There is no doubt that big data analytics is useful and necessary to build and scale products, but can big data tell us everything we need to know?
An outside observer looking at the market might believe so. According to Forrester’s prediction, the big data market is worth $31B in 2018, up 14% from the previous year.
But in 2017, NewVantage Partners found that only 37% of companies who are trying to be data-driven have been successful.
Given this, we must ask if big data alone is sufficient to create disruptive innovations or solve some of the most wicked problems we face today? I would argue no, and that as a discipline big data can benefit from what UX can contribute, and similarly, UX can benefit from big data.
Big data is obviously hot in the market. Few would argue that. But many people would also argue it has grown to mythic proportions beyond its true potential as a stand-alone discipline. Yet the devotees of big data feel otherwise.
For many in the industry who may not have been fortunate enough to work with a UX team, or get close to their users, they often feel they have the power to unlock insights that can answer our toughest business problems. This worldview may have been best stated by Chris Anderson, the one-time Editor-in-Chief of Wired, in his now famous 2008 article titled The Petabyte Age. In that article Anderson stated:
“Who knows why people do what they do? The point is they do it, and we can track and measure it with unprecedented fidelity. With enough data, the numbers speak for themselves.”
But can numbers really speak for themselves, and isn’t it important to understand why people do what they do?
In the UX world we would certainly argue that numbers alone can’t speak for themselves and that it is critical to understand why a user does something. And quite frankly, the ‘why’ is something that big data usually can’t tell us. It can tell us something is happening, but to understand the messy human experience behind that data point, we need UX.
UX is particularly suited to dig deep and qualitatively understand the lived experience of our users and their context. This is something that big data alone cannot do. That is because it can’t tell us what is going on offline or in the user’s mind, and it is exactly this type of rich data that helps us to color our understanding of the black and white quantitative data we collect from systems.
As Christian Madsbjerg of ReD Associates has said:
“The ability to truly understand someone other than you is not something that can be broken down into ones and zeroes.”
So if we are to begin to deeply understand the motivations of our users, as we so often talk about in product management, then we need to look beyond big data. That does not mean we should discredit big data insights, but we do need to move beyond big data as a primary source of insights to our toughest questions.
If we are to truly understand the fuzzier data points that often produce those most nuanced and illuminating understanding of people, then we need to observe and speak with users, and that is how UX can help.
It should also be reiterated that UX alone is not sufficient, and we too need to sometimes step back and look at the limits of our own quantitative methods such as clickstreams and heatmaps. That is not to say that these methods have no value. Of course, they do, but all methods, be that qualitative or quantitative lack some vantage point, and so both UX and data science need to reach across the table and begin working together to create a shared richer understanding of users.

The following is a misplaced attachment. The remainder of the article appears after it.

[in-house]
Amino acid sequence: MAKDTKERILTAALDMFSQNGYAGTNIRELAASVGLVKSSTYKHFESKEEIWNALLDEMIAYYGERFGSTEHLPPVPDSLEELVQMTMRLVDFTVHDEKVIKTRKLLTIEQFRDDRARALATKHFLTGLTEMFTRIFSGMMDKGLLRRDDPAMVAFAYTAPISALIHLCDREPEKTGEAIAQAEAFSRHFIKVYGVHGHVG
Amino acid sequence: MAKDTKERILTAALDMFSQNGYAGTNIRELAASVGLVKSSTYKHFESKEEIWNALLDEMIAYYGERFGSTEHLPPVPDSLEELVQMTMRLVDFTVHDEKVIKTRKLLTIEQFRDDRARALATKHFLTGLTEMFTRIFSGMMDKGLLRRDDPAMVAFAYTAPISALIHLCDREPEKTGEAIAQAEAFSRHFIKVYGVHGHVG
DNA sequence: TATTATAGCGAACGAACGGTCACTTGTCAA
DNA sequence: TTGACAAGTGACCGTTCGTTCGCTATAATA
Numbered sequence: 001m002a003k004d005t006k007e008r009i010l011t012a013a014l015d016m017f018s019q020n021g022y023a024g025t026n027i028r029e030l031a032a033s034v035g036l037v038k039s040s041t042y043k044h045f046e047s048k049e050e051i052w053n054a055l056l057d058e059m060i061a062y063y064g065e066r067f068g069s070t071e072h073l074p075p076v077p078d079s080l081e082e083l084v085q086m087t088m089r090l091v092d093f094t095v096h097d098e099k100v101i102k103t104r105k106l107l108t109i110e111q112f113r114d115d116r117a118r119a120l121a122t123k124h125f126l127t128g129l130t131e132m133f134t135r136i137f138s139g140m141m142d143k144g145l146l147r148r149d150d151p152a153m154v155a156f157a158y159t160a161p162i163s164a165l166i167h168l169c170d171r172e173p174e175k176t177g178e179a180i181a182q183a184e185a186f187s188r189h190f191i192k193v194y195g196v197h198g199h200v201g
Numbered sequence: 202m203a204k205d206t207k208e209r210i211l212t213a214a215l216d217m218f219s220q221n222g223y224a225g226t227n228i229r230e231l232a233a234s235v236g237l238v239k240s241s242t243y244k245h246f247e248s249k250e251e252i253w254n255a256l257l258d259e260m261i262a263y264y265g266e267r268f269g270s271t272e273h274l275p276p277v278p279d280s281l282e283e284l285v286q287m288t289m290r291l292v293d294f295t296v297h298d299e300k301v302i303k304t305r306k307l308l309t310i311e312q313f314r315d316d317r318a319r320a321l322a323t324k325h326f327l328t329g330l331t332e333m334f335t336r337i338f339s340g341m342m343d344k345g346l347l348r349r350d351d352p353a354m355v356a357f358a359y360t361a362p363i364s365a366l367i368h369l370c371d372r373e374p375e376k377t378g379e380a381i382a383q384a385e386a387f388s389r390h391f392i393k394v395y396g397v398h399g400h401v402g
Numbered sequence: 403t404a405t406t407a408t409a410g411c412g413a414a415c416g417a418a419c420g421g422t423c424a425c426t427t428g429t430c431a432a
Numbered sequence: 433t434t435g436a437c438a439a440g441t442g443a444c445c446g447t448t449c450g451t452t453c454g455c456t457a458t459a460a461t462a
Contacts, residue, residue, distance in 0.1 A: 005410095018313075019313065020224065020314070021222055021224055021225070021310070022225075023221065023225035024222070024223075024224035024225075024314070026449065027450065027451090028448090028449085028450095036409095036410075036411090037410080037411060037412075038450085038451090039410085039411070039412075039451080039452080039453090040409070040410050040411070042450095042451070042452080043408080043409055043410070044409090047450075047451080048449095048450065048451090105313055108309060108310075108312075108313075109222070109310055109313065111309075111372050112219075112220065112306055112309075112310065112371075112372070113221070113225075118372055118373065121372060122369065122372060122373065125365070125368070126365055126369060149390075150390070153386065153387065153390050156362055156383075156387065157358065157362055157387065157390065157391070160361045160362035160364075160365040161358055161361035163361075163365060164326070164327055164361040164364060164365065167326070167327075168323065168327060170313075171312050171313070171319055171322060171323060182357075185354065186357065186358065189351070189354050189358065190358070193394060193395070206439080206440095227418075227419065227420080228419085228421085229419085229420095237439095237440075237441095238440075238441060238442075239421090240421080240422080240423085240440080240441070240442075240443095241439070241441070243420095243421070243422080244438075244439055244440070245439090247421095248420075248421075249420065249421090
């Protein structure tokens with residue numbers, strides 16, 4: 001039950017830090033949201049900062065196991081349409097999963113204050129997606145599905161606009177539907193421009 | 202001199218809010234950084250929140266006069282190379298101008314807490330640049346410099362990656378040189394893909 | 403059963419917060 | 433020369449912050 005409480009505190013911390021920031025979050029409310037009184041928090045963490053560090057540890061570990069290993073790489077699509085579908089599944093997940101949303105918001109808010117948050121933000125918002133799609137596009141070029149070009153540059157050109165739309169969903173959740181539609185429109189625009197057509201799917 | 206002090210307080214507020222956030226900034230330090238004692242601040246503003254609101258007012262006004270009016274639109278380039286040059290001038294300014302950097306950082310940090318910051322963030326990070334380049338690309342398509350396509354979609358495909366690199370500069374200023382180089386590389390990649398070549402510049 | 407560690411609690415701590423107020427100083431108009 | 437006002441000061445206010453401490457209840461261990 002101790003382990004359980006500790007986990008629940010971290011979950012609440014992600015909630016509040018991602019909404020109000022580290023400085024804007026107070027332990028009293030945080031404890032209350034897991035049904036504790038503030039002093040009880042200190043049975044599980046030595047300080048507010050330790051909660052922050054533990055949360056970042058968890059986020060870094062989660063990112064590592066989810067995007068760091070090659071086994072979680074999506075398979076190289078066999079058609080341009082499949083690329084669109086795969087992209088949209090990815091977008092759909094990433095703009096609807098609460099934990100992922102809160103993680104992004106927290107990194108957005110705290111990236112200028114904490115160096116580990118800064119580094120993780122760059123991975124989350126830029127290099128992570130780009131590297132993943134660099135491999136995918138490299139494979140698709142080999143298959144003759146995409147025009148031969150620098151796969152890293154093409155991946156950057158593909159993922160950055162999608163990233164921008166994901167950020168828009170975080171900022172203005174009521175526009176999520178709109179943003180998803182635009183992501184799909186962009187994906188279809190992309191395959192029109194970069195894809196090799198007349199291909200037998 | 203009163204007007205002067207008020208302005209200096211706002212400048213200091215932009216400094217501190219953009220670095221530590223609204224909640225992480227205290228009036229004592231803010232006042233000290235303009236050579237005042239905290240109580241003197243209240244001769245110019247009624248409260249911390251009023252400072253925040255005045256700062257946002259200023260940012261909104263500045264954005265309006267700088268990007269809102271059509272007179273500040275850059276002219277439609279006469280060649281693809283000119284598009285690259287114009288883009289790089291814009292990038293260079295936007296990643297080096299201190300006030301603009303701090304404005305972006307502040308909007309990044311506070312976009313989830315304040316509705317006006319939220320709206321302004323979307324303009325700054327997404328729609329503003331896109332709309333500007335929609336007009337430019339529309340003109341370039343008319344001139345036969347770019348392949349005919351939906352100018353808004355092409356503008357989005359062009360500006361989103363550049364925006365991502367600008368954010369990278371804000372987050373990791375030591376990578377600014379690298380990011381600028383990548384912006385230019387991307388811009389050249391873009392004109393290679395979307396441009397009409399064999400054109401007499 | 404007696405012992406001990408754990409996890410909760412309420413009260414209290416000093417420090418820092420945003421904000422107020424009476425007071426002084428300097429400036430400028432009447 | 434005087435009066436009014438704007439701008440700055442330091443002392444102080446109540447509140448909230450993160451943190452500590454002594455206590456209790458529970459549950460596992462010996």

For it’s this type of rich understanding that will not only create the types of disruptive product innovations we need but also the types of services and business strategies we need for an increasingly complex global market.
So in practice, how can we do this?
First, we need to get data science and UX teams working more closely together. Much like the idea that we need to get close to our users has proven to be true, the same goes for partnering with internal teams. We need to be close together to create a community of praxis where we can participate in crafting the questions we ask, analyzing the data, and sharing in the generation of insights.
Next, we need to understand how the two world-views are not opposed, but reinforcing. Taking a lead from scholarly research on mixed methods research, we should look to find the synergies between quantitative and qualitative data, and leverage the work that has come before us. Two excellent models can be found in the exploratory sequential design and the explanatory sequential design. These two models are essentially a logical framework for validating one type of data source with the other.
Finally, we need to share and have critical conversations. It is not enough to have a community of practice within our organizations for the sake of competitive advantage. We also need to share our experiences and learnings from the trenches with the broader business community.
We need to foster approachable dialogue that brings us together so that we make sure we are building the right products, ethically. If Facebook has taught us anything lately, it is that an overly-engineering focused approach towards product management may not have the best social outcomes, even if it is commercially successful.
So let us start looking beyond our siloed disciplines to a broader concept of data, that aims to produce, knowledge and wisdom far beyond the reaches of the information any single discipline produces today.